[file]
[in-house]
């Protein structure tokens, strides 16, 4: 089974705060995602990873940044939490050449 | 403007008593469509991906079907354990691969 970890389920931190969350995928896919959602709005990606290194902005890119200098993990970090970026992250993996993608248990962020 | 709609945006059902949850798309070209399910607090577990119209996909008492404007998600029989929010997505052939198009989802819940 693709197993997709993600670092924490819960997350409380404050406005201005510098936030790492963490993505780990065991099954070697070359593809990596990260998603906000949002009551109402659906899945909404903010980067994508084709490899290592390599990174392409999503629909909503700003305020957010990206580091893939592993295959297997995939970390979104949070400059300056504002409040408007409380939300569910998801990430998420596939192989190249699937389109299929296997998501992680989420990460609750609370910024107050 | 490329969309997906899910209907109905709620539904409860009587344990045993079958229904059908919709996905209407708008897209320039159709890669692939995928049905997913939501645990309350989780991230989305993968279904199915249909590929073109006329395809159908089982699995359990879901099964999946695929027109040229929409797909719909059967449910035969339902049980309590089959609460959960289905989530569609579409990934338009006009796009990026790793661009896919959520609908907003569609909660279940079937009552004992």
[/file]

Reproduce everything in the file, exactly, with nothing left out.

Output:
[in-house]
């Protein structure tokens, strides 16, 4: 089974705060995602990873940044939490050449 | 403007008593469509991906079907354990691969 970890389920931190969350995928896919959602709005990606290194902005890119200098993990970090970026992250993996993608248990962020 | 709609945006059902949850798309070209399910607090577990119209996909008492404007998600029989929010997505052939198009989802819940 693709197993997709993600670092924490819960997350409380404050406005201005510098936030790492963490993505780990065991099954070697070359593809990596990260998603906000949002009551109402659906899945909404903010980067994508084709490899290592390599990174392409999503629909909503700003305020957010990206580091893939592993295959297997995939970390979104949070400059300056504002409040408007409380939300569910998801990430998420596939192989190249699937389109299929296997998501992680989420990460609750609370910024107050 | 490329969309997906899910209907109905709620539904409860009587344990045993079958229904059908919709996905209407708008897209320039159709890669692939995928049905997913939501645990309350989780991230989305993968279904199915249909590929073109006329395809159908089982699995359990879901099964999946695929027109040229929409797909719909059967449910035969339902049980309590089959609460959960289905989530569609579409990934338009006009796009990026790793661009896919959520609908907003569609909660279940079937009552004992």